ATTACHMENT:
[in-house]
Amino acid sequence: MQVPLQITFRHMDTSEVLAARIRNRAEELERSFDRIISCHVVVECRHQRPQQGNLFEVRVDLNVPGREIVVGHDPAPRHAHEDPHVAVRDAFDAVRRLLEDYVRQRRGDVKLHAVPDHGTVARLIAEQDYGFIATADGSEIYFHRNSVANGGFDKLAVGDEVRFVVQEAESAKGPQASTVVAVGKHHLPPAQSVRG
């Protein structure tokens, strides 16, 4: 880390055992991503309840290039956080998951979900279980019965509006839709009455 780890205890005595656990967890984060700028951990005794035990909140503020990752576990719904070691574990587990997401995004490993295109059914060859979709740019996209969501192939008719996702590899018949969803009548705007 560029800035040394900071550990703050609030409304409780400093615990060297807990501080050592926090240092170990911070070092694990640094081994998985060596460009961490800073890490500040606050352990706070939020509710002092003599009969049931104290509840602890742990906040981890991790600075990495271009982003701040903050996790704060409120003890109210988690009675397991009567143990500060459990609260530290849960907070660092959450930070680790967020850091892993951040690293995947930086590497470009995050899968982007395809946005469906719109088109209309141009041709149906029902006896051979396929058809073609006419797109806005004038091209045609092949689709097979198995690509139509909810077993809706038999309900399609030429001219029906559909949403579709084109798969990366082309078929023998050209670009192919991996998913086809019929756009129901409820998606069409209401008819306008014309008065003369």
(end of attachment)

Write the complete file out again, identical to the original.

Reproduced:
[in-house]
Amino acid sequence: MQVPLQITFRHMDTSEVLAARIRNRAEELERSFDRIISCHVVVECRHQRPQQGNLFEVRVDLNVPGREIVVGHDPAPRHAHEDPHVAVRDAFDAVRRLLEDYVRQRRGDVKLHAVPDHGTVARLIAEQDYGFIATADGSEIYFHRNSVANGGFDKLAVGDEVRFVVQEAESAKGPQASTVVAVGKHHLPPAQSVRG
């Protein structure tokens, strides 16, 4: 880390055992991503309840290039956080998951979900279980019965509006839709009455 780890205890005595656990967890984060700028951990005794035990909140503020990752576990719904070691574990587990997401995004490993295109059914060859979709740019996209969501192939008719996702590899018949969803009548705007 560029800035040394900071550990703050609030409304409780400093615990060297807990501080050592926090240092170990911070070092694990640094081994998985060596460009961490800073890490500040606050352990706070939020509710002092003599009969049931104290509840602890742990906040981890991790600075990495271009982003701040903050996790704060409120003890109210988690009675397991009567143990500060459990609260530290849960907070660092959450930070680790967020850091892993951040690293995947930086590497470009995050899968982007395809946005469906719109088109209309141009041709149906029902006896051979396929058809073609006419797109806005004038091209045609092949689709097979198995690509139509909810077993809706038999309900399609030429001219029906559909949403579709084109798969990366082309078929023998050209670009192919991996998913086809019929756009129901409820998606069409209401008819306008014309008065003369």